[SECMECH] Continuing my rant about EAP vs GSS-API...

Pasi.Eronen@nokia.com Tue, 02 August 2005 10:07 UTC

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Thread-Topic: Continuing my rant about EAP vs GSS-API...
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Subject: [SECMECH] Continuing my rant about EAP vs GSS-API...
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(Continuing and clarifying my comment in the BoF today...)

GSS-API establishes a "security context" between a client and a
server.  Depending on the GSS-API mechanism, establishing the security
context may use the help of a "trusted third party", either off-line
(like CA) or on-line (Kerberos KDC).

EAP includes only the communication between the client and "trusted
third party" (EAP server), but it does not establish a security
context between the client and the service. But that's exactly what
people interested in using a security framework (like ISMS or 802.11)
would like to do! So just EAP alone is not really a framework you can
compare with GSS-API.

To make this comparison more accurate, we _have_ to consider the real
"EAP+AAA" framework, instead of claiming that they're totally

Of course, it's still possible to e.g. analyze an EAP mechanism
without considering AAA. The result of this analysis could be e.g.
that the mechanism has certain security properties.  But from the
point of view of applications, what really matters is the security
properties of the whole framework (or this EAP mechanism when used
within this framework).  These don't trivially follow from properties 
of the building blocks (just like AES being secure doesn't make all
EAP methods that use AES secure).

In particular, an application like ISMS is really concerned with 
"ok, I have this security context that I'll use for protecting my
application-specific communication. What properties does this context
have? Who is the other party I'm sharing this context (and keys
contained in it) with?"

An analysis of an EAP mechanism, like EAP-TLS, can answer the question
"who is the other party I'm sharing the EAP-SA with" (just look at the
TLS server certificate).  But EAP alone cannot answer the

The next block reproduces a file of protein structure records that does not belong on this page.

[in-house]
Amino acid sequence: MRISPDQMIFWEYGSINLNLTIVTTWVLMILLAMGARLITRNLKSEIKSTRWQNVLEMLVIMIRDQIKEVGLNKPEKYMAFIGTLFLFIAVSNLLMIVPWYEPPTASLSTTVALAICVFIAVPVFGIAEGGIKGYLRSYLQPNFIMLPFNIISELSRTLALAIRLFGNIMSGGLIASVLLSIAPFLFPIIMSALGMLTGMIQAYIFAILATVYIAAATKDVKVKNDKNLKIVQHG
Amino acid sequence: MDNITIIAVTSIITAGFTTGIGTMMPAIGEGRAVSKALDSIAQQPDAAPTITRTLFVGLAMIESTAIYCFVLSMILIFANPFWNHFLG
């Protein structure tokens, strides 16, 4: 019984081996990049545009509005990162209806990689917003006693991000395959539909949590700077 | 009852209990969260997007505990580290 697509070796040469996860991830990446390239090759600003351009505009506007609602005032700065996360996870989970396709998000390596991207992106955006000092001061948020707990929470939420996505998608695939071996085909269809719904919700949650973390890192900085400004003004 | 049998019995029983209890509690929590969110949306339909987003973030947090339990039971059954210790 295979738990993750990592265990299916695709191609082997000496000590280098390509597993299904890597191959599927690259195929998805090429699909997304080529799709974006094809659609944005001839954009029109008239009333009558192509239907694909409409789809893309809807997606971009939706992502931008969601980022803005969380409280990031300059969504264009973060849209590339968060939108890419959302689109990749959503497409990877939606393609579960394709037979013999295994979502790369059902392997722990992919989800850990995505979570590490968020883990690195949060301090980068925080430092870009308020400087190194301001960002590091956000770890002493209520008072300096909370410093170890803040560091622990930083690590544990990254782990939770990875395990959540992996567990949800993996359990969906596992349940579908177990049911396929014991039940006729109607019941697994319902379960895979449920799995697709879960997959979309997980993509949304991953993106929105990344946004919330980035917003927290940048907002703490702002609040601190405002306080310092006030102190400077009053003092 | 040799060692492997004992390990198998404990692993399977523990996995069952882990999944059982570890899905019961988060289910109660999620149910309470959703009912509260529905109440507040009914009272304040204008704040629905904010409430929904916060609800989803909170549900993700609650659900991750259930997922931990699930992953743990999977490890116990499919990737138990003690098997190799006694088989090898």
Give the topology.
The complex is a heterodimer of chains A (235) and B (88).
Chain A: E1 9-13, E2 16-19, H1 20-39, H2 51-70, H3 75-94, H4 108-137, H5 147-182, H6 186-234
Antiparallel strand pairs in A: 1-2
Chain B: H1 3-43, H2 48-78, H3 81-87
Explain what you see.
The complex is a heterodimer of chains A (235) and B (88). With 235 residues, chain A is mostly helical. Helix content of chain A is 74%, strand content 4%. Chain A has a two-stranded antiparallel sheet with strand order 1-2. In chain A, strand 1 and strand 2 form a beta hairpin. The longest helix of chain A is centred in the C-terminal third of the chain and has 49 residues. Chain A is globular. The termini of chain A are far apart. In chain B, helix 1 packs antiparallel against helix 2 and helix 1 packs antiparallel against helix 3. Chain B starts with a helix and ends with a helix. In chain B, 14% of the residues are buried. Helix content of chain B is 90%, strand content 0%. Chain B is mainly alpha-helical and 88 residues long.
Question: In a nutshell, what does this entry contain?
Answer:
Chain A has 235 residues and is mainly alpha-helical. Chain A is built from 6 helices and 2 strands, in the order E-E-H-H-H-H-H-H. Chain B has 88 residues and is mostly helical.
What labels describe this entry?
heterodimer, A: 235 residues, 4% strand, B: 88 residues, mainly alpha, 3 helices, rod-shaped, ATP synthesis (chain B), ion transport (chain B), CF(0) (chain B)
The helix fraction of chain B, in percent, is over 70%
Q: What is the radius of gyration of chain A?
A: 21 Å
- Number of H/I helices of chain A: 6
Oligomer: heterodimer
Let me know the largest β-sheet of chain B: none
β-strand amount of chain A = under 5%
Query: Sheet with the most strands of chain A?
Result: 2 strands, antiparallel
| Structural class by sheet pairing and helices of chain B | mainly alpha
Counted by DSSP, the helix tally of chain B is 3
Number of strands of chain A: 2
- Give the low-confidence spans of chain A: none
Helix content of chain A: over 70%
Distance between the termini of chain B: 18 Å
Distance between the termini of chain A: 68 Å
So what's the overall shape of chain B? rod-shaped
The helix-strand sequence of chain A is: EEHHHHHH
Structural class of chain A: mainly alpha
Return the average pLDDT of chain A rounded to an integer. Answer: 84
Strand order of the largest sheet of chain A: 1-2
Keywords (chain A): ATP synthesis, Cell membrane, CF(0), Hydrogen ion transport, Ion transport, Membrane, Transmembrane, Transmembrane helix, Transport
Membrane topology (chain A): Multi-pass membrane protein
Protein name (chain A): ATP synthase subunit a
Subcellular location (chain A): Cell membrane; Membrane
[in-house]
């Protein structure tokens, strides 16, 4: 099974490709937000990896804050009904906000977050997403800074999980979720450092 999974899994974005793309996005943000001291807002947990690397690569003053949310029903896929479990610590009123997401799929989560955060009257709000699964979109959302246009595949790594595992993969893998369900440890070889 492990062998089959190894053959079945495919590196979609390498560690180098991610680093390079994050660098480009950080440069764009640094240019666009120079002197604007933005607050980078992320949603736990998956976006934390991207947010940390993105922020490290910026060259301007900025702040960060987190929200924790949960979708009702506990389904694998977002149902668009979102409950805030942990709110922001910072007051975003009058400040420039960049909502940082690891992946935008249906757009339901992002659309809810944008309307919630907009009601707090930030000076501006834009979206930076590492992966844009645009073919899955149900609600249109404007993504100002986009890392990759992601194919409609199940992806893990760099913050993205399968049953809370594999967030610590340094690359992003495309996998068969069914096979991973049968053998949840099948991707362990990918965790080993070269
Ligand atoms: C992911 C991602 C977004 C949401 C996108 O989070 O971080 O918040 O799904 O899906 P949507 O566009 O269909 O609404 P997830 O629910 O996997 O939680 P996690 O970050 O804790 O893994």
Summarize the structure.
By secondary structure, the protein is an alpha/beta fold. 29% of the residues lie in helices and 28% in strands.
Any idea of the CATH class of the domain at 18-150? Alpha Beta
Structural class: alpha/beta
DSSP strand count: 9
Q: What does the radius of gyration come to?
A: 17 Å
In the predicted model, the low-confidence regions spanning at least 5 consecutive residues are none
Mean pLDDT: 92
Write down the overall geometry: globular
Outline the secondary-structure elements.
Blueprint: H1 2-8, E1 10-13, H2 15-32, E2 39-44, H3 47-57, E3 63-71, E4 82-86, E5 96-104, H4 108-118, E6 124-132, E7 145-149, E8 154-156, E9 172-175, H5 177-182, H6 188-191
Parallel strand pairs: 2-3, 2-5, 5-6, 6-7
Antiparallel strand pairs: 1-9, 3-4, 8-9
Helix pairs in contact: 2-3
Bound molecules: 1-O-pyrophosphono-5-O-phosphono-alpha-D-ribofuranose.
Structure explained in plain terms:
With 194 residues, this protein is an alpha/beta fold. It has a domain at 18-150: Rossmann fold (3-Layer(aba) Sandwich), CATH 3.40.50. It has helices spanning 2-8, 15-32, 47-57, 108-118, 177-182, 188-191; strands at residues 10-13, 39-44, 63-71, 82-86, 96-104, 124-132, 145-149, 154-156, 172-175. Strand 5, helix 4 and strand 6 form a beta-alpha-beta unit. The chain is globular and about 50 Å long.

application's real question "who is the other party I'm sharing this
context with".

Or in other words, GSS-API mechanisms (that do mutual authentication)
do mutual authentication (and set up a security context/association) 
between the client and the service (application endpoint). EAP 
mechanisms do mutual authentication between the client and the 
EAP server; and that doesn't automatically mean mutual authentication
between the client and the service/application endpoint.

This difference is IMHO not an insignificant minor detail, and 
needs to be taken into account when talking about "bridging"
EAP and GSS-API mechanisms, or designing mechanisms that can 
be used in both frameworks, etc.

I'm not saying this deficiency in the EAP+AAA framework is serious
problem in all cases. In some environments the authentication
requirements in different directions are quite different.

For instance, in 802.11 network access the client's/user's identity 
is usually much more important; for the access point/network side, it 
may be enough to verify that "this is someone the TTP (EAP server)
trusts". This is essentially what EAP+AAA framework today does. 
Something like ISMS might have a similar situation, authenticating 
the identity of the SNMP manager might be much more important than 
the SNMP manager...

Best regards,

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